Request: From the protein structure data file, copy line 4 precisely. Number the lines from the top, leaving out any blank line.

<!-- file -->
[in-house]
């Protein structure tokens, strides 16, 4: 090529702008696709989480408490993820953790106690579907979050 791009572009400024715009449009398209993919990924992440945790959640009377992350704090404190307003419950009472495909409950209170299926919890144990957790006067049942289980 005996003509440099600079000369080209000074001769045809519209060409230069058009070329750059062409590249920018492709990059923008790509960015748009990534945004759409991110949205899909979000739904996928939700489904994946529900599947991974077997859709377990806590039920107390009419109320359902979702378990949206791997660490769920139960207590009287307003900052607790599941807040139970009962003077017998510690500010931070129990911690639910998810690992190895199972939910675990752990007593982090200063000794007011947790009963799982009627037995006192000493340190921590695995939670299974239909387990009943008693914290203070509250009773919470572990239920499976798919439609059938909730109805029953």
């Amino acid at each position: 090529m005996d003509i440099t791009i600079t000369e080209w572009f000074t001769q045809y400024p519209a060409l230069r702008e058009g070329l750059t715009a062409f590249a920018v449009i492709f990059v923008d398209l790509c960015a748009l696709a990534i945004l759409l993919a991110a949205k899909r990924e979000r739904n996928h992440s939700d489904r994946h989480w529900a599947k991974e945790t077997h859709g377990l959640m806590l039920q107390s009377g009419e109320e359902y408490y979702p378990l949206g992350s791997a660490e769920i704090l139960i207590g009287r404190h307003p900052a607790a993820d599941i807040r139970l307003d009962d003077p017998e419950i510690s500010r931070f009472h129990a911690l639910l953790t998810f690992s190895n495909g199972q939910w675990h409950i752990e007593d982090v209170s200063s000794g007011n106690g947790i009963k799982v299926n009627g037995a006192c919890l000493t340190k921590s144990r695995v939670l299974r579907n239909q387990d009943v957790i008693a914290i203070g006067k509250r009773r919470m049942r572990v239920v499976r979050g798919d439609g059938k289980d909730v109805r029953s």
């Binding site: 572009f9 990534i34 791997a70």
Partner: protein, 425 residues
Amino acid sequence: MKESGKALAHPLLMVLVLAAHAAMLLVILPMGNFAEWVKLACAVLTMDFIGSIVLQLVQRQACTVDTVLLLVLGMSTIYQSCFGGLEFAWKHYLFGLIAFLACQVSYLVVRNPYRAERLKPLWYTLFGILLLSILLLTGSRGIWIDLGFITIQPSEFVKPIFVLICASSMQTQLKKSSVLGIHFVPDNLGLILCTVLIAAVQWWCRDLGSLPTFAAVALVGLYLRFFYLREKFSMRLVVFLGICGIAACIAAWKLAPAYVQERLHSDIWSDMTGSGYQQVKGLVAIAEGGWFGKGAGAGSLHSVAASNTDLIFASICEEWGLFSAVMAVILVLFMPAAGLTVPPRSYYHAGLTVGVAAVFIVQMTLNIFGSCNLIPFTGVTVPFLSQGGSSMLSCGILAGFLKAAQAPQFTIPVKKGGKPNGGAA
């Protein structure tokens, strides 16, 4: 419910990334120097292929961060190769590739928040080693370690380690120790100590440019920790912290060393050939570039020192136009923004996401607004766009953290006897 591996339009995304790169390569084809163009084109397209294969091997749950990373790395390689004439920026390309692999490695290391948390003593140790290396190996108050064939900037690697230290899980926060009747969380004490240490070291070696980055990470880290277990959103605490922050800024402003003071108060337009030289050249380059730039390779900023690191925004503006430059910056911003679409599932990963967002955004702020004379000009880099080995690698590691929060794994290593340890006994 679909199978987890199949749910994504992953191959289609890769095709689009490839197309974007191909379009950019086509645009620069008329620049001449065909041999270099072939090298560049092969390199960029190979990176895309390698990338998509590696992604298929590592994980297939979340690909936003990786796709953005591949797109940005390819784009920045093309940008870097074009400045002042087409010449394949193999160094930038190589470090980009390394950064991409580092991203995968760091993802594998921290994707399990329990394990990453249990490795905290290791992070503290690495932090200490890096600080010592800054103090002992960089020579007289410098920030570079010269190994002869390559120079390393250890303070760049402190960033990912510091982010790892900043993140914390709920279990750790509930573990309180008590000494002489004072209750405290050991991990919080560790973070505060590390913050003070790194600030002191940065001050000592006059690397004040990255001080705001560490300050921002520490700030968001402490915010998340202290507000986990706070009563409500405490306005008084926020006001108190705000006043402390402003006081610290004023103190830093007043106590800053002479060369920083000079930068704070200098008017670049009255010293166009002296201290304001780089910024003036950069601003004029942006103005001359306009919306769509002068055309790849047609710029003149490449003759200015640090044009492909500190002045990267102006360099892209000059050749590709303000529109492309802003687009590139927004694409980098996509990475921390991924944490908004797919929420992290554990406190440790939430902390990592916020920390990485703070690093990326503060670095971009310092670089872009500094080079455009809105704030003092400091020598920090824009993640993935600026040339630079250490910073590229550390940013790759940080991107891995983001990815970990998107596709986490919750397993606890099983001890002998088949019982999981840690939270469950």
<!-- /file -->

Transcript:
């Binding site: 572009f9 990534i34 791997a70």